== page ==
In search of orthodontic materials

Ashima Valiathan

Research output: Contribution to journalArticle

Abstract

Orthodontics is a Greek word. Ortho means straight and dontics mean teeth. Orthodontics means straightening of crooked teeth. When the profile changes by changing the relations of the jaw bones i.e. maxilla and mandible, it is called dentofacial orthopedics. Banding, when it was first started in the early twentieth century, was done with gold and was prohibitively expensive even in the USA. With the advent of stainless steel, the cost of treatment came down but in India only the elite could afford it. Buonocore (1) introduced acid etching of the enamel with 37% orthophophoric acid gel, which made direct bonding possible. Bowen (2) resin was used for bonding of the brackets. This was more esthetic and less metallic, less painful and saved chair time. After bonding, wires were placed in the brackets, which delivered forces for the teeth to be moved. Now brackets are bonded directly on the teeth. These may be Edgewise or Begg or ceramic or self-ligating. More recent brackets are precoated adhesive brackets with moisture insensitive primer. Wire follows the brackets. The most popular wire is the A.J. Wilcock Australian, which comes in spools. It is bent by the orthodontist into the desired shaped to get the right forces. Ni Ti wire is preformed, cannot be bent and is expensive. This wire gives light continuous force. Rectangular wire is either of Truchrome or Elgiloy. It gives three-dimensional control of the teeth. It can be bent by the orthodontist. TMA wires are also gaining popularity as they can be bent and they give light continuous forces. α-Titanium wires are used for finishing a case. The wires are tied to the brackets with stainless steel ligatures, with Teflon coated ligatures or with modules. Extra oral headgears are used to control anchorage, distal drive the molars and to redirect growth in young patients. Elastics are worn and changed by the patient daily. They come in different sizes and colors. The force should be around 2-6 ounces and it can be measured with a Dontrix gauge. A positioner is made with Bioplast material using a Biostar machine. This is flexible and gives the final positioning of the teeth, reducing the fixed appliance treatment time by 6 months. A fixed light cure retainer prevents further relapse. Magnets are used to bring impacted teeth into occlusion and reinforce the forces of many removable appliances. From the IIT Madras days, till now we have developed and evaluated some materials in India. Standard band material consists of 304 L St. Steel. Chitra band material 3-8 was made with 316 L St. steel with the help of Mishra Dhatu Nigam, a govt. of India undertaking, with the financial support from ICMR. It contained Mo and Mn and had better adaptability and weld strength. Clinical trials done at CODS, Manipal showed it to be more effective than the rocky mountain band. The band is adapted with the use of the orthodontic pliers and a spot welder is used. It is then cemented on the tooth with Zn PO4 cement (9). This was also developed at SCTMI and the paper published in 1991 in JPFA. Composites were used for bonding. We have developed four types of composites (10-16) with financial support from DST at SCTM in Trivandrum. These are chemical cure, light cure, radio opaque and polyurethane based composites. Clinical trials of these composites have been done in CODS Manipal and the materials found to be suitable for clinical use. In the last thirty years, a humble beginning was made in the field of orthodontic materials Stainless steel band material, Zn PO4 cement and four types of composites have been developed and clinical trials conducted. However, the bottleneck is at the level of transfer of technology and commercial production. Once these materials are available in the market, the cost of orthodontic treatment will come down and it will become available to the common man in India. Further work needs to be done for the development of brackets and wires to make India self-sufficient.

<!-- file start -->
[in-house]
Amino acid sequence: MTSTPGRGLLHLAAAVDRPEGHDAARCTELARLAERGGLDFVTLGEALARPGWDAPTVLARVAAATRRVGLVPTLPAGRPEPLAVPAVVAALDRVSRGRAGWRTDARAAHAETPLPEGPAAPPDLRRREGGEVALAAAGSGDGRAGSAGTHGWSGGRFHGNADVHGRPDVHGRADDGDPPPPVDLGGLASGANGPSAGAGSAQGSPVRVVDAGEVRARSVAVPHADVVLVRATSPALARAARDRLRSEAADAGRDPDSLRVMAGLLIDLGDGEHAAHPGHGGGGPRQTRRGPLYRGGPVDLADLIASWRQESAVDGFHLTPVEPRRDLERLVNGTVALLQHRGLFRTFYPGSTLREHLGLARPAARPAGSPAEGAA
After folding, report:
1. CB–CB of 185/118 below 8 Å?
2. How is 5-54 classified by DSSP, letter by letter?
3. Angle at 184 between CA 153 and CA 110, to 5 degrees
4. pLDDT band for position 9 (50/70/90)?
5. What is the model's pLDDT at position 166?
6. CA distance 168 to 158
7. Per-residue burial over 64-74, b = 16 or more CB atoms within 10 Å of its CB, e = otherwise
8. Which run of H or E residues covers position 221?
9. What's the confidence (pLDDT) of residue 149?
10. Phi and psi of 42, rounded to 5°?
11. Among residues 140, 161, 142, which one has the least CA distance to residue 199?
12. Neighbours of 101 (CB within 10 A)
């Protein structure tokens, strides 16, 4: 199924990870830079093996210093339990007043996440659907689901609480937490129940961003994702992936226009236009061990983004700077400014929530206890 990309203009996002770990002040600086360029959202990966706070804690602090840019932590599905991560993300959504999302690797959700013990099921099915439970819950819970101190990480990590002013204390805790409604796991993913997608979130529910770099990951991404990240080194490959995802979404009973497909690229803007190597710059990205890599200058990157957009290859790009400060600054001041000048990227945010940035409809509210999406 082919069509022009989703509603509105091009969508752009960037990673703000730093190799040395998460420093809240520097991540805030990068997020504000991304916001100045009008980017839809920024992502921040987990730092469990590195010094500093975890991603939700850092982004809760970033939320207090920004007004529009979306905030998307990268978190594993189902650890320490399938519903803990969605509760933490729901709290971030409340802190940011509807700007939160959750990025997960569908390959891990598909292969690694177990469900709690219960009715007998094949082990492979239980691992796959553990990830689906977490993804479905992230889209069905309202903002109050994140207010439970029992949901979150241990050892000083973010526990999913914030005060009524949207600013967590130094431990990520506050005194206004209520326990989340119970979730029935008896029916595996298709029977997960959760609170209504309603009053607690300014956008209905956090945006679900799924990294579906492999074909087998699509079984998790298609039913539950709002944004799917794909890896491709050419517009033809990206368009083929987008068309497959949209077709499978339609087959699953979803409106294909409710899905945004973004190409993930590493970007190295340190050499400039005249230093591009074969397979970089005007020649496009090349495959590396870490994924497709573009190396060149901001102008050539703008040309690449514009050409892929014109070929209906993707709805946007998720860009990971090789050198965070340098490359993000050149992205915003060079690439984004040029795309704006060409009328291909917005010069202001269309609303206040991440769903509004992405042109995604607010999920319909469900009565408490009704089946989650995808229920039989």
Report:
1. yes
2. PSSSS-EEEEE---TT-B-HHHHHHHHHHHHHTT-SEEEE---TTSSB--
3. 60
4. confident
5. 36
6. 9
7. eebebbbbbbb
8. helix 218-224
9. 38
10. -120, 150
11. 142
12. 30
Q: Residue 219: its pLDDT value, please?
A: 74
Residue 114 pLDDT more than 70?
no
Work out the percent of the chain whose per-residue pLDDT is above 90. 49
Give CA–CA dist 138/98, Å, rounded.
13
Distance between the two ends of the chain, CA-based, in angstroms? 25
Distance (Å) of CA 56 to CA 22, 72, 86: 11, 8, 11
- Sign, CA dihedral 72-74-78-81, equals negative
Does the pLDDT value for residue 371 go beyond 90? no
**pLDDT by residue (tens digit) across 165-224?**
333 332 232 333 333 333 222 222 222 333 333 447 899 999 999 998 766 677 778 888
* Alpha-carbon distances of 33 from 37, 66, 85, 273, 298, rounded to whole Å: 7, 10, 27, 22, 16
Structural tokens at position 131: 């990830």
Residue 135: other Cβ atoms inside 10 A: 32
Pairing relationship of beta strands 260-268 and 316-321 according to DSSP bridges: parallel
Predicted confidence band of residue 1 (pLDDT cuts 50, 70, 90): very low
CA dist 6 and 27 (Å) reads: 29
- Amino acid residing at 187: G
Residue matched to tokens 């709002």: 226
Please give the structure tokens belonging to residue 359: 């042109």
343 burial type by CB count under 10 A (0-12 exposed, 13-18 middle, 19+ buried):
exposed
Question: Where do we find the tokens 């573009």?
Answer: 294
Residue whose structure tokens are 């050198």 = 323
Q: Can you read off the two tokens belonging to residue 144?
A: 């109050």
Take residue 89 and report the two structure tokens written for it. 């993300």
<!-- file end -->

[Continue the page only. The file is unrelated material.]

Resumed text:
Original languageEnglish
Pages (from-to)84-86
Number of pages3
JournalTrends in Biomaterials and Artificial Organs
Volume18
Issue number2
Publication statusPublished - 01-12-2005
Externally publishedYes

Fingerprint

Orthodontics
Tooth
Stainless Steel
India
Light
Financial Support
Clinical Trials
Health Care Costs
Ligation
Impacted Tooth
Technology Transfer
Acids
Polyurethanes
Magnets
Steel
Polytetrafluoroethylene
Maxilla
Ceramics
Dental Enamel
Titanium

All Science Journal Classification (ASJC) codes

  • Biotechnology
  • Medicine (miscellaneous)

Cite this

Valiathan, Ashima. / In search of orthodontic materials. In: Trends in Biomaterials and Artificial Organs. 2005 ; Vol. 18, No. 2. pp. 84-86.
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In search of orthodontic materials. / Valiathan, Ashima.

In: Trends in Biomaterials and Artificial Organs, Vol. 18, No. 2, 01.12.2005, p. 84-86.

Research output: Contribution to journalArticle

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